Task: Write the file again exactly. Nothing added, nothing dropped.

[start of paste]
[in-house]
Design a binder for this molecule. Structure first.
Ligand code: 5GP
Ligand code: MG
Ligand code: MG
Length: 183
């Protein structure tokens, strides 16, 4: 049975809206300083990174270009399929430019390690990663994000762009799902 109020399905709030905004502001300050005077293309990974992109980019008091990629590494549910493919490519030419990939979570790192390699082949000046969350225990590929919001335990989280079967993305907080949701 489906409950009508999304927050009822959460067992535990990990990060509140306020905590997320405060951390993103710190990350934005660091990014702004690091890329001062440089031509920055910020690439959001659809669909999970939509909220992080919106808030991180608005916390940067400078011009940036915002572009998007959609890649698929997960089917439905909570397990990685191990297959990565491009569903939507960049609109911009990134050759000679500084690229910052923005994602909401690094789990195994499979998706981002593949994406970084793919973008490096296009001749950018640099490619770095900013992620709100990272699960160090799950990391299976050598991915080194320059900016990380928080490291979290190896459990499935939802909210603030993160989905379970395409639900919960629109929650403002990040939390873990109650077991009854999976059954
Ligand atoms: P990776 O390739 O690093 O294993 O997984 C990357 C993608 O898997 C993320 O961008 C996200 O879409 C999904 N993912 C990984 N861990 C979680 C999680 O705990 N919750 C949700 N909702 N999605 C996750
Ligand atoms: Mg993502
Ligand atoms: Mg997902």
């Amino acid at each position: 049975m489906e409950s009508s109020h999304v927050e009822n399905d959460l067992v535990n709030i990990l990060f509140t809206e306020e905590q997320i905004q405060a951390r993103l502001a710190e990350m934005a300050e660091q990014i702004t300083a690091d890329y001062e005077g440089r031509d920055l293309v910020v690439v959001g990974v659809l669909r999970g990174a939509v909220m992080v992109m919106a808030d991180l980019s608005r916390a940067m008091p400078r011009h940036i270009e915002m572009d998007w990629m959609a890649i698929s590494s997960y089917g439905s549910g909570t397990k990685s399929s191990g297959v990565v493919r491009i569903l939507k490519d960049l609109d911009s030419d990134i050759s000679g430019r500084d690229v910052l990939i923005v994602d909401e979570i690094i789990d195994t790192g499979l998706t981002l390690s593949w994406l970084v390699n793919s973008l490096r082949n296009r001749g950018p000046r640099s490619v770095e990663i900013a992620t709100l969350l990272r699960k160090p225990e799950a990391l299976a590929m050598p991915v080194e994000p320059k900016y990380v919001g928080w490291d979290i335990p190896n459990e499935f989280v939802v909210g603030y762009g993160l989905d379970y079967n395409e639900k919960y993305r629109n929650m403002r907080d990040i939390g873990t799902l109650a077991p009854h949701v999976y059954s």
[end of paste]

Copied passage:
[in-house]
Design a binder for this molecule. Structure first.
Ligand code: 5GP
Ligand code: MG
Ligand code: MG
Length: 183
């Protein structure tokens, strides 16, 4: 049975809206300083990174270009399929430019390690990663994000762009799902 109020399905709030905004502001300050005077293309990974992109980019008091990629590494549910493919490519030419990939979570790192390699082949000046969350225990590929919001335990989280079967993305907080949701 489906409950009508999304927050009822959460067992535990990990990060509140306020905590997320405060951390993103710190990350934005660091990014702004690091890329001062440089031509920055910020690439959001659809669909999970939509909220992080919106808030991180608005916390940067400078011009940036915002572009998007959609890649698929997960089917439905909570397990990685191990297959990565491009569903939507960049609109911009990134050759000679500084690229910052923005994602909401690094789990195994499979998706981002593949994406970084793919973008490096296009001749950018640099490619770095900013992620709100990272699960160090799950990391299976050598991915080194320059900016990380928080490291979290190896459990499935939802909210603030993160989905379970395409639900919960629109929650403002990040939390873990109650077991009854999976059954
Ligand atoms: P990776 O390739 O690093 O294993 O997984 C990357 C993608 O898997 C993320 O961008 C996200 O879409 C999904 N993912 C990984 N861990 C979680 C999680 O705990 N919750 C949700 N909702 N999605 C996750
Ligand atoms: Mg993502
Ligand atoms: Mg997902």
């Amino acid at each position: 049975m489906e409950s009508s109020h999304v927050e009822n399905d959460l067992v535990n709030i990990l990060f509140t809206e306020e905590q997320i905004q405060a951390r993103l502001a710190e990350m934005a300050e660091q990014i702004t300083a690091d890329y001062e005077g440089r031509d920055l293309v910020v690439v959001g990974v659809l669909r999970g990174a939509v909220m992080v992109m919106a808030d991180l980019s608005r916390a940067m008091p400078r011009h940036i270009e915002m572009d998007w990629m959609a890649i698929s590494s997960y089917g439905s549910g909570t397990k990685s399929s191990g297959v990565v493919r491009i569903l939507k490519d960049l609109d911009s030419d990134i050759s000679g430019r500084d690229v910052l990939i923005v994602d909401e979570i690094i789990d195994t790192g499979l998706t981002l390690s593949w994406l970084v390699n793919s973008l490096r082949n296009r001749g950018p000046r640099s490619v770095e990663i900013a992620t709100l969350l990272r699960k160090p225990e799950a990391l299976a590929m050598p991915v080194e994000p320059k900016y990380v919001g928080w490291d979290i335990p190896n459990e499935f989280v939802v909210g603030y762009g993160l989905d379970y079967n395409e639900k919960y993305r629109n929650m403002r907080d990040i939390g873990t799902l109650a077991p009854h949701v999976y059954s």